Today, my "little" brother turns 21.  I can't believe it!  I've always said that Adam is a "hamlet-type" and it's true.  Unpredictable and rather moody, his varied days of storm clouds and sunshine usually set the tone in our family.  He's just that kind of guy.  And I love every bit of him!  I wrote this poem for him a few months ago.  Adam himself isn't much for poetry and when he read it, he got this little grin, repeated the last line, grunted "huh," and then walked away.  :)  Which I think translates into, "I really appreciate that."  However, I was told by a poet that I greatly respect that this poem is just "okay."  I know it's nothing phenomenal, but it does communicate the complexity of my relationship with Adam...which is something of a moving target.  We have long, intense conversations and fellowship.  And then we won't really talk for a month...and we live in the same house.  Kinda crazy.  But Adam has taught me a lot about critical thinking and big goals and writing (he's an amazing writer!) and forgiveness.  Adam makes me laugh harder than anyone else.  He also can make me angrier than anyone else.  But we have similar personalities and seem to understand each other really well.  We are connected in a way that I cannot explain and our loyalties run pretty deep.  So...for whatever its worth...Happy Birthday to the funnest little brother ever!  I wish you many more years of writing and thinking... and I look forward to what God will do with those big dreams of yours.  :)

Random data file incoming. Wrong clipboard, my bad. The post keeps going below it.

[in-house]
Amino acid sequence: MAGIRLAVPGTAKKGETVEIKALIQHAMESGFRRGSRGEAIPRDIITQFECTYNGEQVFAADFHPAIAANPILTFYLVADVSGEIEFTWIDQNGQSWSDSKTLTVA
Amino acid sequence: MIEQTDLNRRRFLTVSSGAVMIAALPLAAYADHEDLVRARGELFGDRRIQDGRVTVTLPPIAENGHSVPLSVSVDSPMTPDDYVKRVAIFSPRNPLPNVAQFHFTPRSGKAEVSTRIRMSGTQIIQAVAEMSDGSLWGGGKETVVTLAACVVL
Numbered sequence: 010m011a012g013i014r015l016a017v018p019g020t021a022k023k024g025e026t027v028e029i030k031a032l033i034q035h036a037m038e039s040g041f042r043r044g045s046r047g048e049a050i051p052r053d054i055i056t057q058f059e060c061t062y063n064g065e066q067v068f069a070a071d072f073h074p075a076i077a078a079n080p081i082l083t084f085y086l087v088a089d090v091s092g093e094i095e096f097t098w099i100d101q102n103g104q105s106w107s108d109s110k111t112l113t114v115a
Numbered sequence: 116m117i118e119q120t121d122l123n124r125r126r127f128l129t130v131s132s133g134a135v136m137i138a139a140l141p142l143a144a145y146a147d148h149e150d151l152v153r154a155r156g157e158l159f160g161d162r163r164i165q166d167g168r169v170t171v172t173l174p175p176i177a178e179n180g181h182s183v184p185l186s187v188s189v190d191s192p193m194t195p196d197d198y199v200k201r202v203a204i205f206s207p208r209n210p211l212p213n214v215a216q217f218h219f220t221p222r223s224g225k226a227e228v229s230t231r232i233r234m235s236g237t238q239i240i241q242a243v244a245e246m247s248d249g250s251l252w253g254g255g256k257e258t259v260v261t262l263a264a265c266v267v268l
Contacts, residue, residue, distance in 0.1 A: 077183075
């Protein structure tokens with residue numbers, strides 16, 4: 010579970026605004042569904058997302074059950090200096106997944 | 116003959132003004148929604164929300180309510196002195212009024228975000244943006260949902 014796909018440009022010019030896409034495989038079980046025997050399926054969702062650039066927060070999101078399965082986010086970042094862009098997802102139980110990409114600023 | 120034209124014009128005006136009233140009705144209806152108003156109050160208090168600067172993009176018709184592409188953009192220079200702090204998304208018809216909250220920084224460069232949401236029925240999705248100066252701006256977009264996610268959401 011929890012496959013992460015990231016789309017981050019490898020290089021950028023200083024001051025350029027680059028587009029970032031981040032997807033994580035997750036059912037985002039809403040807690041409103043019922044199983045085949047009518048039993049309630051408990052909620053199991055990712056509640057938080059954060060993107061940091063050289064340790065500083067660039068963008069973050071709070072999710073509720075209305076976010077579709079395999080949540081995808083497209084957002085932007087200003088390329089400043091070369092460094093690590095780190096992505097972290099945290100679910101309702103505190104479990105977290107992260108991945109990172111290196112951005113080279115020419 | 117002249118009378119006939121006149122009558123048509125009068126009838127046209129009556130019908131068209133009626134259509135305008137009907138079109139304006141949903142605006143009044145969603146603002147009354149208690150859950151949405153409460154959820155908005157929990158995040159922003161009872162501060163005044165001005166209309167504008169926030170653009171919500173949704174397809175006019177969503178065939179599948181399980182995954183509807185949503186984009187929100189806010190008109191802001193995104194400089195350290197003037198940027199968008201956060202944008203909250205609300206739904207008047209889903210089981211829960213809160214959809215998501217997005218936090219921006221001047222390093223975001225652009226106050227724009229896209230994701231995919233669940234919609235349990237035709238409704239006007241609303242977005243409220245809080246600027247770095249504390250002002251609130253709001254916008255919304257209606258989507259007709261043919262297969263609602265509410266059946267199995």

For Adam

Talking with you is
taking a step off the porch
into our usual wilderness.
Sometimes the grass is still wet
and I throw myself down in the dew
to soak my soul
and think your thoughts
to walk away soggy and simple and brisk.
Some days every step stings-
dry stalks destroying my socks
and slicing the skin on my feet
(acerbic the blood of our battles
bending footprints between the trees)
But evenings still meet us in meadows
to drink your big dreams with our tea
where your stars will sparkle and
glimmer and spark to grow
fire in free, thirsty spirits.

They always told us that we were like twins
too much together to notice.
But they were wrong!
So wrong!  I know.
We've always resided in your realm.
You tolerate no tyranny.